The revised shipment target represents a total net inventory adjustment swing of 5 billion units compared to our previous communication during our annual shareholders meeting in May, when we had assumed a full-year net inventory increase of 2 billion units. Our heated tobacco unit in-market sales volume target for this year reflects growth in the second half of approximately 60%, compared to the same period in 2017, and almost 20% compared to the first six months of 2018.

We now expect net revenue growth this year of 3% to 4%, excluding currency. The revision compared to our previously disclosed estimate of approximately 8% is primarily due to lower than anticipated shipments of IQOS devices and heated tobacco units, predominately in Japan, and the impact of accounting for affiliates in Argentina as highly inflationary, effective July 2018, partly offset by the better than expect performance of our combustible tobacco portfolio.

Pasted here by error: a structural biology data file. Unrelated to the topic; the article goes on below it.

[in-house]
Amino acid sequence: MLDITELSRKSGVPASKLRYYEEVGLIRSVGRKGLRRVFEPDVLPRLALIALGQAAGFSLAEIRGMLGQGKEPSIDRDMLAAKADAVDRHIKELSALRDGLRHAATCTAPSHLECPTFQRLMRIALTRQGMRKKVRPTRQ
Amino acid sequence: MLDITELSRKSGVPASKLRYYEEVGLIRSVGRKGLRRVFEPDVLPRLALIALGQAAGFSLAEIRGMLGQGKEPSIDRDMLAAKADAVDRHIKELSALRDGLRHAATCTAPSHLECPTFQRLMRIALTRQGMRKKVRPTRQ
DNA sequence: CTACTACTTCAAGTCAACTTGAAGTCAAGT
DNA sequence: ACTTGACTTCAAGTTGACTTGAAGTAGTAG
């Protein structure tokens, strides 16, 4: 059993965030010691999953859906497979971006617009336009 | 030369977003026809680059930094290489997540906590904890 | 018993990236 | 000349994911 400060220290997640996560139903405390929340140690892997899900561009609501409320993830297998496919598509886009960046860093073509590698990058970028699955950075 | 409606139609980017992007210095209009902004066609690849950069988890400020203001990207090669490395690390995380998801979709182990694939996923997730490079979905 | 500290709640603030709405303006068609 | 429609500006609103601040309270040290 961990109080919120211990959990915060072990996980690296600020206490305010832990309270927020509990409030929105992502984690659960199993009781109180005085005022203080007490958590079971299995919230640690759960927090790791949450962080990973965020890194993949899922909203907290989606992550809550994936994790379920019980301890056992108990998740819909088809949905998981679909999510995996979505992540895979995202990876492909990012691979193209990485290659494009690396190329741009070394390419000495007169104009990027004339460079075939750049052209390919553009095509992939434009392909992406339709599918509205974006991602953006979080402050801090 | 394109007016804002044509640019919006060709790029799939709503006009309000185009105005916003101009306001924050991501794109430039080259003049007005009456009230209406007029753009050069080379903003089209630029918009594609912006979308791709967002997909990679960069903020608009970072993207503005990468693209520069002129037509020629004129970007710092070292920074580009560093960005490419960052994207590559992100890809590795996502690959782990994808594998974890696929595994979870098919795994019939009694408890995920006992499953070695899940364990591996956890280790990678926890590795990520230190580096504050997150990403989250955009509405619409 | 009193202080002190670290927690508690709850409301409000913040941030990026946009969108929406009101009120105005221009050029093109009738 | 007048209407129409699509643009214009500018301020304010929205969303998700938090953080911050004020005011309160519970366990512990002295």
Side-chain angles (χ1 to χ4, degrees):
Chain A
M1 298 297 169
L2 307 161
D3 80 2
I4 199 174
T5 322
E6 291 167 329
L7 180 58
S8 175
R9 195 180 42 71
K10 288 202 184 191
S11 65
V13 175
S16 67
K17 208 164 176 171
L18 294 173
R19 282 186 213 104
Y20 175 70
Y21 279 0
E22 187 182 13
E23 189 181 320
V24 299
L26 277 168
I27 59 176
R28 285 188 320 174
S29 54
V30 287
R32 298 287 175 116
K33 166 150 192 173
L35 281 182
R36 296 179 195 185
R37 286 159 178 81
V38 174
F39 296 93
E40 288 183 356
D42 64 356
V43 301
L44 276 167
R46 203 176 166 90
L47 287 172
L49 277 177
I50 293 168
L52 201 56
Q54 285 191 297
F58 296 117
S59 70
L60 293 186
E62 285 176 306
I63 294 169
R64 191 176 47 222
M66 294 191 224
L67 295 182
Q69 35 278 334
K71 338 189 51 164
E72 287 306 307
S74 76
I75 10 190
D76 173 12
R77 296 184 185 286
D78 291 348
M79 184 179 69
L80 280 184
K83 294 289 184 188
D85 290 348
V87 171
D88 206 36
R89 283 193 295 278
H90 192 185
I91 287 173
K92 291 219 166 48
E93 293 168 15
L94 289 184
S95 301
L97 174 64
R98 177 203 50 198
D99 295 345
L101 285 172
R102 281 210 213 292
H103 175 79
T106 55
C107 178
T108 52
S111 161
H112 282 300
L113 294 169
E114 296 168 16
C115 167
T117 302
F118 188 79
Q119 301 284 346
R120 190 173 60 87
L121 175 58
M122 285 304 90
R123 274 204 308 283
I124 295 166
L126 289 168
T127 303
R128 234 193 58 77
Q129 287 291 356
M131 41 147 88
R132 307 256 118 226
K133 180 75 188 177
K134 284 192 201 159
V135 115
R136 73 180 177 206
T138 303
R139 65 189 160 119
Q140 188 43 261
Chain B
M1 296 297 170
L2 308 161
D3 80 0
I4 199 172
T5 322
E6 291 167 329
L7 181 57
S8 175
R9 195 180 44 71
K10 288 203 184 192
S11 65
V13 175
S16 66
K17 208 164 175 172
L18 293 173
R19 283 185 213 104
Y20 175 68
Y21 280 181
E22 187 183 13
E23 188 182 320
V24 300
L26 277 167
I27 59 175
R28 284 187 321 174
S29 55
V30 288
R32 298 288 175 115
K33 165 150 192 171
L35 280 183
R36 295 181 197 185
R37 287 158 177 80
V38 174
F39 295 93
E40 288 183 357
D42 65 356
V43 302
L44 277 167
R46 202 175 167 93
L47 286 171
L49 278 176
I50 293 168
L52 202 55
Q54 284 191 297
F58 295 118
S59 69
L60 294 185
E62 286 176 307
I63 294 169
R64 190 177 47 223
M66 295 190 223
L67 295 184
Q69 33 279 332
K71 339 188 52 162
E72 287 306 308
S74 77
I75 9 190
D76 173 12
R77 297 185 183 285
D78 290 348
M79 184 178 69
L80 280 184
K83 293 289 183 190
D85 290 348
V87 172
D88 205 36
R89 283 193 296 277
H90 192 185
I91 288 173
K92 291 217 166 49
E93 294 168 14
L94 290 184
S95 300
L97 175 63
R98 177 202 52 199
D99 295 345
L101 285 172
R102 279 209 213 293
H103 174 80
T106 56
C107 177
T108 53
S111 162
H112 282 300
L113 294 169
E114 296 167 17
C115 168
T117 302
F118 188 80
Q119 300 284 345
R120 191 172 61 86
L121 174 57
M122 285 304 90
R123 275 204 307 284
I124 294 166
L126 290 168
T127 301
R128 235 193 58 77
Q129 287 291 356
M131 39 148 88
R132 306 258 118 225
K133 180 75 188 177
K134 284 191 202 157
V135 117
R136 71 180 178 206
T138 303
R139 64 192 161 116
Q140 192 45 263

Let me provide some additional granularity behind the revision, beginning with the devices, which account for approximately 2.5 points and mainly reflect the following -- the worldwide introduction of the next generation of IQOS devices toward the end of 2018, which I touched on earlier. This requires an adjustment to current generation device inventories, while the ramp up of new devices is expected to occur in 2019.